Donald Trump's new budget cuts target his own blue-collar supporters

Harriet Agerholm
Republican presidential nominee Donald Trump holds a sign supporting coal during a rally at Mohegan Sun Arena in Wilkes-Barre, Pennsylvania: Getty

Donald Trump’s first budget since taking office made-good on his promise to boost military funding while slashing domestic costs — but not only has the financial plan gone after traditional conservative targets, it has cut programmes benefitting the blue-collar Americans who voted for Mr Trump in November.

The closure of a regional airport could force residents of a small town in upper Michigan to drive eight hours to catch a flight. The elimination of funding to keep the Great Lakes clean could hurt business at a waterside Ohio boating club. Cuts to the nation's flood insurance program could mean greater losses after a storm for homeowners on Florida's Gulf Coast.

And among the losers of the 2018 budget proposal, submitted by the White House, are the Appalachian Regional Commission (ARC) and the US Economic Development Administration. Both agencies work to create jobs in areas such as West Virginia and Kentucky to help them recover from the decline of the coal industry.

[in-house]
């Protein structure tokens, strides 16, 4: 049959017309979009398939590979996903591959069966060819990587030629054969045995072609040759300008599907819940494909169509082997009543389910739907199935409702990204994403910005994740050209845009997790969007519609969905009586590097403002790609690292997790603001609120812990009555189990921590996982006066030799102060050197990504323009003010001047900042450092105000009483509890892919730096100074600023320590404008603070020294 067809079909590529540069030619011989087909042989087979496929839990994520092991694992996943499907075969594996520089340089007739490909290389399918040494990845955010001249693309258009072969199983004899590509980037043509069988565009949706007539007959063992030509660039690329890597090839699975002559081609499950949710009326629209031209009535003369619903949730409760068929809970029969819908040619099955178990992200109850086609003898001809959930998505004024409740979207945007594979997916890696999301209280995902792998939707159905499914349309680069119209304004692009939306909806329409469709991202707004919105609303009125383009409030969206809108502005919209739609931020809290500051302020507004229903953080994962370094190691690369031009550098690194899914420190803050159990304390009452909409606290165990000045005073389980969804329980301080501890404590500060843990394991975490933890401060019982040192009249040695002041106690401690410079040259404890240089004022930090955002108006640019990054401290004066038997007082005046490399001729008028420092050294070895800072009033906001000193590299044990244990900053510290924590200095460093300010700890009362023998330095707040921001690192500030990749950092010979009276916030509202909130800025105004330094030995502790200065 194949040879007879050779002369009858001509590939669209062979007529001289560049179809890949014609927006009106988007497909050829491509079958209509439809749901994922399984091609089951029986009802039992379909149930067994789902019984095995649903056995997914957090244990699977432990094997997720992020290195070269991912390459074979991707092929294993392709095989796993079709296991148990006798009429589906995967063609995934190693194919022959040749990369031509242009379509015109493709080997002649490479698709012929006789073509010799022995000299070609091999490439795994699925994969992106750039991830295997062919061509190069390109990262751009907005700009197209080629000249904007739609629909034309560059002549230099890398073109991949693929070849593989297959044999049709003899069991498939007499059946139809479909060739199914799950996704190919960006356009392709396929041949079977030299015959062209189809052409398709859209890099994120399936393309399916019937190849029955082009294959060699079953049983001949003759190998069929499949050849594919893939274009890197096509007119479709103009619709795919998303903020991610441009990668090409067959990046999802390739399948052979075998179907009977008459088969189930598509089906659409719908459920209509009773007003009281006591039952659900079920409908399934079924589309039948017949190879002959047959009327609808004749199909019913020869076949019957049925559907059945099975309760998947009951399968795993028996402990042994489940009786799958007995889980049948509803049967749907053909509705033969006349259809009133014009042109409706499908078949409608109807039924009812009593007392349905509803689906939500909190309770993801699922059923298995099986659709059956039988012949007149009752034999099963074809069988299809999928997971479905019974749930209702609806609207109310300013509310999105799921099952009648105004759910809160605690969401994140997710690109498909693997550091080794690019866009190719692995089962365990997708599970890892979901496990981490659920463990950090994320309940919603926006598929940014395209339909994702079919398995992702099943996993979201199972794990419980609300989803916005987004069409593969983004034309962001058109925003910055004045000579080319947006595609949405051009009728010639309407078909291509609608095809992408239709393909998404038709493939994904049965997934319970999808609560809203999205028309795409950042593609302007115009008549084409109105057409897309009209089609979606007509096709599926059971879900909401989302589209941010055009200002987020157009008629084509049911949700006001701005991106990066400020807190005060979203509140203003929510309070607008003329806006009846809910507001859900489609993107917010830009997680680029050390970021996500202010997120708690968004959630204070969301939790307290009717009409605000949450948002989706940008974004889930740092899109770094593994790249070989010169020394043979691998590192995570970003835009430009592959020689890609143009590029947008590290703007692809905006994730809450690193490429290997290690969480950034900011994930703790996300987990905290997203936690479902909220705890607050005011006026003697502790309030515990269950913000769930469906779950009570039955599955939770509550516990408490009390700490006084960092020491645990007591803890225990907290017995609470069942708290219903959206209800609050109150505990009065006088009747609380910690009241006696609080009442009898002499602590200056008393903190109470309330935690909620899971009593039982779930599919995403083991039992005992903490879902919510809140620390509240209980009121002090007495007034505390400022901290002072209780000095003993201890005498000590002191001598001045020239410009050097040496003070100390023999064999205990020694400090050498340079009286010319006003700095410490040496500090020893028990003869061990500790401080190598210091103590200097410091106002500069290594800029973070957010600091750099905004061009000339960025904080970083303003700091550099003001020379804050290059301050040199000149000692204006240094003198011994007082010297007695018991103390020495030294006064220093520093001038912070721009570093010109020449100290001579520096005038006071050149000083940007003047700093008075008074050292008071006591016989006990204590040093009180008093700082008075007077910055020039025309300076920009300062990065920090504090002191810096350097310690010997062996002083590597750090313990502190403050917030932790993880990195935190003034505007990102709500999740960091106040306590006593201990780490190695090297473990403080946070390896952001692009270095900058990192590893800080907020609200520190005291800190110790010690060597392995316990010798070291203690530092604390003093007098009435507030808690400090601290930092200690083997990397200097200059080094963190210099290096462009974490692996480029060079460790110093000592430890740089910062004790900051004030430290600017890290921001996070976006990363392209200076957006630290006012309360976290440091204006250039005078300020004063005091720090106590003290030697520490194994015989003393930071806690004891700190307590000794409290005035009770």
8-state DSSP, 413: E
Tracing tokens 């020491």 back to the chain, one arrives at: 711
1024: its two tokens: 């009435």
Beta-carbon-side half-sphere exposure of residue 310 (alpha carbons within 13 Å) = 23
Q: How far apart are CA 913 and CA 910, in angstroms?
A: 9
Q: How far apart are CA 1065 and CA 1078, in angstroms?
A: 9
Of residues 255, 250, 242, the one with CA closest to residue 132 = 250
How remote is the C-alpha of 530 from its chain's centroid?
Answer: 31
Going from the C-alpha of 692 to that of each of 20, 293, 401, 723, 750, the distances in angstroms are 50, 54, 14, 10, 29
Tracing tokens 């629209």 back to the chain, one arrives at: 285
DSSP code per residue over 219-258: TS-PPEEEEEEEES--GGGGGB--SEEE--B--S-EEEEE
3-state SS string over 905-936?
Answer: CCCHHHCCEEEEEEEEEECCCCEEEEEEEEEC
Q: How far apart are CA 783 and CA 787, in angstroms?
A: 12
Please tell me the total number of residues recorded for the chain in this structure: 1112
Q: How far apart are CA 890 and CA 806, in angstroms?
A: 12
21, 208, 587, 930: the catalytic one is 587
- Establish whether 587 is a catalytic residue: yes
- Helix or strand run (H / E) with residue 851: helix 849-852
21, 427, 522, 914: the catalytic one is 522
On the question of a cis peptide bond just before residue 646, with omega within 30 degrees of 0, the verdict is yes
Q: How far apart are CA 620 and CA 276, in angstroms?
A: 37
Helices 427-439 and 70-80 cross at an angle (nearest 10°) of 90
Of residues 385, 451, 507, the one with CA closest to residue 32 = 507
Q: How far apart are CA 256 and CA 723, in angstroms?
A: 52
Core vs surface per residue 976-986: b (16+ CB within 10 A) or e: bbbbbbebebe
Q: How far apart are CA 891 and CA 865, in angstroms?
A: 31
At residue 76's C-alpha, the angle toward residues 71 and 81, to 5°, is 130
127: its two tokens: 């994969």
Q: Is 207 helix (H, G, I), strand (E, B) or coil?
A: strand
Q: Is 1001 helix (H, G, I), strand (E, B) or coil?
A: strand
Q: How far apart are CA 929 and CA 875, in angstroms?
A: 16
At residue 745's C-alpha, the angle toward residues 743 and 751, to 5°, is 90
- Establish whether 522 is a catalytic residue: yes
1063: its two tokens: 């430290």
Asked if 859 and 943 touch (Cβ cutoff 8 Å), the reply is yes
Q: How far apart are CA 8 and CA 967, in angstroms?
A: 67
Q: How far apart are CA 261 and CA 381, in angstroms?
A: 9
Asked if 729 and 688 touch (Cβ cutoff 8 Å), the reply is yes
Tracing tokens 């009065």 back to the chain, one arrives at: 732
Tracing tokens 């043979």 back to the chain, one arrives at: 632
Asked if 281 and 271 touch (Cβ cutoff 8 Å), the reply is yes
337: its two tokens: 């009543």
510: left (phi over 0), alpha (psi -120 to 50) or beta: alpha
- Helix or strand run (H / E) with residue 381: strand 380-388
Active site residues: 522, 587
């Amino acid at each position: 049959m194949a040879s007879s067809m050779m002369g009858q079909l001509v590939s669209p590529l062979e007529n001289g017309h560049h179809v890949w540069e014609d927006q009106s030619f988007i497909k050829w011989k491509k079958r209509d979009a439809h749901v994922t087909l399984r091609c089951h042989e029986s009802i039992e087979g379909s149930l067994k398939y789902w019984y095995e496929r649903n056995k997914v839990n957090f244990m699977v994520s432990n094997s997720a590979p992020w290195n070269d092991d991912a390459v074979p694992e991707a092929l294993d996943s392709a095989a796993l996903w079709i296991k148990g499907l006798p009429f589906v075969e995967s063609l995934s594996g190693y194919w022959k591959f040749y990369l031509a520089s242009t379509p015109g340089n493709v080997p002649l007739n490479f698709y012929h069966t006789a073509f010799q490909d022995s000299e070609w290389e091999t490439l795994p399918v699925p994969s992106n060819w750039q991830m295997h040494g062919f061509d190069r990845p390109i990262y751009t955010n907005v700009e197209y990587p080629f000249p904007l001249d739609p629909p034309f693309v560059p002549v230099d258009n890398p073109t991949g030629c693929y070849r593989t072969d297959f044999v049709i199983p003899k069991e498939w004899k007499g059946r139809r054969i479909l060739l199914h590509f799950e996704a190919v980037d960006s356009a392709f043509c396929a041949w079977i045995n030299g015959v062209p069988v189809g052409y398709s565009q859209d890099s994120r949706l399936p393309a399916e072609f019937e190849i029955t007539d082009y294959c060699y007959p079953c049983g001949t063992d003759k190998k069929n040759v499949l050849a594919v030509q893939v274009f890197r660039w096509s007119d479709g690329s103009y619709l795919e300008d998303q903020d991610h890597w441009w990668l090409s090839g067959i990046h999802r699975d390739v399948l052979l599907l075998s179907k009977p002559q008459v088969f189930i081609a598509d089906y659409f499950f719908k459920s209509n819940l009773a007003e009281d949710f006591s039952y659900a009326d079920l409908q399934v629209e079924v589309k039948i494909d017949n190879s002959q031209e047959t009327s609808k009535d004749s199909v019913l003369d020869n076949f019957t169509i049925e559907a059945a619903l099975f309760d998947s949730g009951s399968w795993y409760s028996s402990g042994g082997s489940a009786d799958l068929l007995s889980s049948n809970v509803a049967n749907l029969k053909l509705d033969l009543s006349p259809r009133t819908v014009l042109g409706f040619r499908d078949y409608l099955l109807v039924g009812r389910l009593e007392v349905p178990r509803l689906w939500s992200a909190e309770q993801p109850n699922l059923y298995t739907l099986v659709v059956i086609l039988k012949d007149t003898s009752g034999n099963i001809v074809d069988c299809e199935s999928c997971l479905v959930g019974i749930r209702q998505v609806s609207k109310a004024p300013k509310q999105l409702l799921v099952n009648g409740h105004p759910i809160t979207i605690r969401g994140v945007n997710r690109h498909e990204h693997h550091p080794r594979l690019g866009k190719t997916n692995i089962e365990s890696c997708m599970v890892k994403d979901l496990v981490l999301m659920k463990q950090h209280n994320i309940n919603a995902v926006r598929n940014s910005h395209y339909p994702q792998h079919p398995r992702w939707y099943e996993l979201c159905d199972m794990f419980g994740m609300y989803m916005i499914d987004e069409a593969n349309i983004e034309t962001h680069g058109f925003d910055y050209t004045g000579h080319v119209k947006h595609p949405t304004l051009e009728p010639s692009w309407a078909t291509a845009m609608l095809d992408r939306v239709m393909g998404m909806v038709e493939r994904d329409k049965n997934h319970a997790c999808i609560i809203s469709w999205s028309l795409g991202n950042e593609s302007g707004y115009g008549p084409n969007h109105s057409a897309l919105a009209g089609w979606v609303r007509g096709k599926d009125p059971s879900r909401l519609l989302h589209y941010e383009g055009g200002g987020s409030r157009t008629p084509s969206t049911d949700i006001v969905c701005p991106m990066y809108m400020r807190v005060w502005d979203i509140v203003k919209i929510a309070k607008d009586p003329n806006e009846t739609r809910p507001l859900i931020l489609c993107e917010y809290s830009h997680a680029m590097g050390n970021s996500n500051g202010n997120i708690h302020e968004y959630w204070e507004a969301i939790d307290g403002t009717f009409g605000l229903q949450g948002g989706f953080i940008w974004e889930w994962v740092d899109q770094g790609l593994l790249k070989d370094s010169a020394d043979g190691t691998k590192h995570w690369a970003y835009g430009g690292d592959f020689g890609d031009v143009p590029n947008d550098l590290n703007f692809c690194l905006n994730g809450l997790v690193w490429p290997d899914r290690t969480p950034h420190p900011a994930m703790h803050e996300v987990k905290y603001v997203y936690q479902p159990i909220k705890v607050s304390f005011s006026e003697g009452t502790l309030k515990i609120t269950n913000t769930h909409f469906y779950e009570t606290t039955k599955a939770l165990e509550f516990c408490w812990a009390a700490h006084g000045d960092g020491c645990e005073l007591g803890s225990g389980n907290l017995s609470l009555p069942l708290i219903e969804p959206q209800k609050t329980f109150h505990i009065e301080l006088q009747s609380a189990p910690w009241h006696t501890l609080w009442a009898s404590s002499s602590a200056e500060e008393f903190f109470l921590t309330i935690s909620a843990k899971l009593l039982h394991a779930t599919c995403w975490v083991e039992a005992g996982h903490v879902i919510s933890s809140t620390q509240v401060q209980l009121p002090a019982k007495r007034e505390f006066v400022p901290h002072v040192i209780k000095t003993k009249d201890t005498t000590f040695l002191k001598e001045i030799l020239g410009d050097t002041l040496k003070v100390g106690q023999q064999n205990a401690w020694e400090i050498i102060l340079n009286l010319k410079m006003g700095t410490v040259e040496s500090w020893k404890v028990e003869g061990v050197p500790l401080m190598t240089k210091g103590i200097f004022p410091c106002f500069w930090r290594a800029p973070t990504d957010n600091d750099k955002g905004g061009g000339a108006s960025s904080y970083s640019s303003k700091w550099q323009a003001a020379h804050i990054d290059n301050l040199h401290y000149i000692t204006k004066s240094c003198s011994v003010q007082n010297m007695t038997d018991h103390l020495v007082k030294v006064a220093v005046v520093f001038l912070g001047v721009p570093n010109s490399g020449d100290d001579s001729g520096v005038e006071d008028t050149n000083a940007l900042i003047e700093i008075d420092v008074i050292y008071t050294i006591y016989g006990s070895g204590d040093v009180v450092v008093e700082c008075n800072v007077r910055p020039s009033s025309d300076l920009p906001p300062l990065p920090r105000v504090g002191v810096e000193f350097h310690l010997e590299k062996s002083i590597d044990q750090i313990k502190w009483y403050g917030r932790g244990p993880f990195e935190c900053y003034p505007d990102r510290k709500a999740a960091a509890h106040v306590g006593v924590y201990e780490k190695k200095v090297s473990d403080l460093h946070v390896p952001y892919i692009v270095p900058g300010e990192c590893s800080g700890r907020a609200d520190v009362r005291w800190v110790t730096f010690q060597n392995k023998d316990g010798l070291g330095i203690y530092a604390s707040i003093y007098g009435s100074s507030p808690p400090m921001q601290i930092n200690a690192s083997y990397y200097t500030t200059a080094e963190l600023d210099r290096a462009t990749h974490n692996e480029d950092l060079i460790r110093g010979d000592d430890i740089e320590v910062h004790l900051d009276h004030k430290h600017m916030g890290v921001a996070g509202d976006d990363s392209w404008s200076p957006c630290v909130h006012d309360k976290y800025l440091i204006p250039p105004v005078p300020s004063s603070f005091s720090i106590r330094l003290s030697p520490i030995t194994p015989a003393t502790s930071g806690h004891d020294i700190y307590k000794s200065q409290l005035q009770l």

Last year the Congress approved a record budget of $146m (£118m) for the ARC to improve outcomes in areas disaffected by the decline of coal. The agency invested $73m (£59) in 89 projects – including teaching coal miners how to code – across 236 counties.

“Rural America stepped up to the plate behind the President in his last election, and we're wholeheartedly behind him,” Republican chairman of the House agriculture appropriations subcommittee in Alabama Robert Aderholt said.

But he added that he was concerned about cuts that would hurt several rural development programmes.

“It doesn't really reflect President Trump's support for rural communities,” he said.

Republican Congressman Hal Rogers, who represents eastern Kentucky's coal counties, echoed the comments, telling Reuters he would fight against the cuts to the ARC.

“It's true that the president won his election in rural country. I would really like to see him climb aboard the ARC vehicle as a way to help us help ourselves,“ Mr Rogers said.

Four hundred of the 420 counties ARC operates in voted for Mr Trump in the Presidential election.

Trump administration officials have insisted the proposal supports a desire to give states more flexibility and protects taxpayers from seeing their dollars wasted.

“You're only focusing on half of the equation, right?” Office of Management and Budget Director Mick Mulvaney said when asked about the cuts

“You're focusing on recipients of the money. We're trying to focus on both the recipients of the money and the folks who give us the money in the first place.”

Associated Press contributed to this report.

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